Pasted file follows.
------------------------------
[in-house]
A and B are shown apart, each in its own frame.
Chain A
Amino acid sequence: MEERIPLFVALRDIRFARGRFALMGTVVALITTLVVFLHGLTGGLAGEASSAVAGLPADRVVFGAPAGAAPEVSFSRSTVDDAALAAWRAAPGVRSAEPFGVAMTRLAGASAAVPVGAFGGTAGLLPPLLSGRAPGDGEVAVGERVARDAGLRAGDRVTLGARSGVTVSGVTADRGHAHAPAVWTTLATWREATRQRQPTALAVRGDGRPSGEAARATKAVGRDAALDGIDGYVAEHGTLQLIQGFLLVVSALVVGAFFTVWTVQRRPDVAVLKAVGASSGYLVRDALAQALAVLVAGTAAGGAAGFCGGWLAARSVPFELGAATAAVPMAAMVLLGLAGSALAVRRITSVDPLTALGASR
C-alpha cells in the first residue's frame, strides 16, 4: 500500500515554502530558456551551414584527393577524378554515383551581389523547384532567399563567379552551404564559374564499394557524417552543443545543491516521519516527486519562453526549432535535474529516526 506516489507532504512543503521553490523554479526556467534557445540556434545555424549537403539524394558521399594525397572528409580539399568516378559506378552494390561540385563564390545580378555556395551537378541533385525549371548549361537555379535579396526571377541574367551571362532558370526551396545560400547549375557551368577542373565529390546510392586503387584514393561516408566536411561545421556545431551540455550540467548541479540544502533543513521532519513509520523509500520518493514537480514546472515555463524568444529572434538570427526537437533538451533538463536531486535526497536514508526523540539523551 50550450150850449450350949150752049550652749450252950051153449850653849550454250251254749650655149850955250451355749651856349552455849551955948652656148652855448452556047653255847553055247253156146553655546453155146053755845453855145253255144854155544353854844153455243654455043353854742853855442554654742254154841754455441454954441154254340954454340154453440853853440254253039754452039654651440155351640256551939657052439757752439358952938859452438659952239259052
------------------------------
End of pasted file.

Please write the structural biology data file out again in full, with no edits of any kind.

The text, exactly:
[in-house]
A and B are shown apart, each in its own frame.
Chain A
Amino acid sequence: MEERIPLFVALRDIRFARGRFALMGTVVALITTLVVFLHGLTGGLAGEASSAVAGLPADRVVFGAPAGAAPEVSFSRSTVDDAALAAWRAAPGVRSAEPFGVAMTRLAGASAAVPVGAFGGTAGLLPPLLSGRAPGDGEVAVGERVARDAGLRAGDRVTLGARSGVTVSGVTADRGHAHAPAVWTTLATWREATRQRQPTALAVRGDGRPSGEAARATKAVGRDAALDGIDGYVAEHGTLQLIQGFLLVVSALVVGAFFTVWTVQRRPDVAVLKAVGASSGYLVRDALAQALAVLVAGTAAGGAAGFCGGWLAARSVPFELGAATAAVPMAAMVLLGLAGSALAVRRITSVDPLTALGASR
C-alpha cells in the first residue's frame, strides 16, 4: 500500500515554502530558456551551414584527393577524378554515383551581389523547384532567399563567379552551404564559374564499394557524417552543443545543491516521519516527486519562453526549432535535474529516526 506516489507532504512543503521553490523554479526556467534557445540556434545555424549537403539524394558521399594525397572528409580539399568516378559506378552494390561540385563564390545580378555556395551537378541533385525549371548549361537555379535579396526571377541574367551571362532558370526551396545560400547549375557551368577542373565529390546510392586503387584514393561516408566536411561545421556545431551540455550540467548541479540544502533543513521532519513509520523509500520518493514537480514546472515555463524568444529572434538570427526537437533538451533538463536531486535526497536514508526523540539523551 50550450150850449450350949150752049550652749450252950051153449850653849550454250251254749650655149850955250451355749651856349552455849551955948652656148652855448452556047653255847553055247253156146553655546453155146053755845453855145253255144854155544353854844153455243654455043353854742853855442554654742254154841754455441454954441154254340954454340154453440853853440254253039754452039654651440155351640256551939657052439757752439358952938859452438659952239259052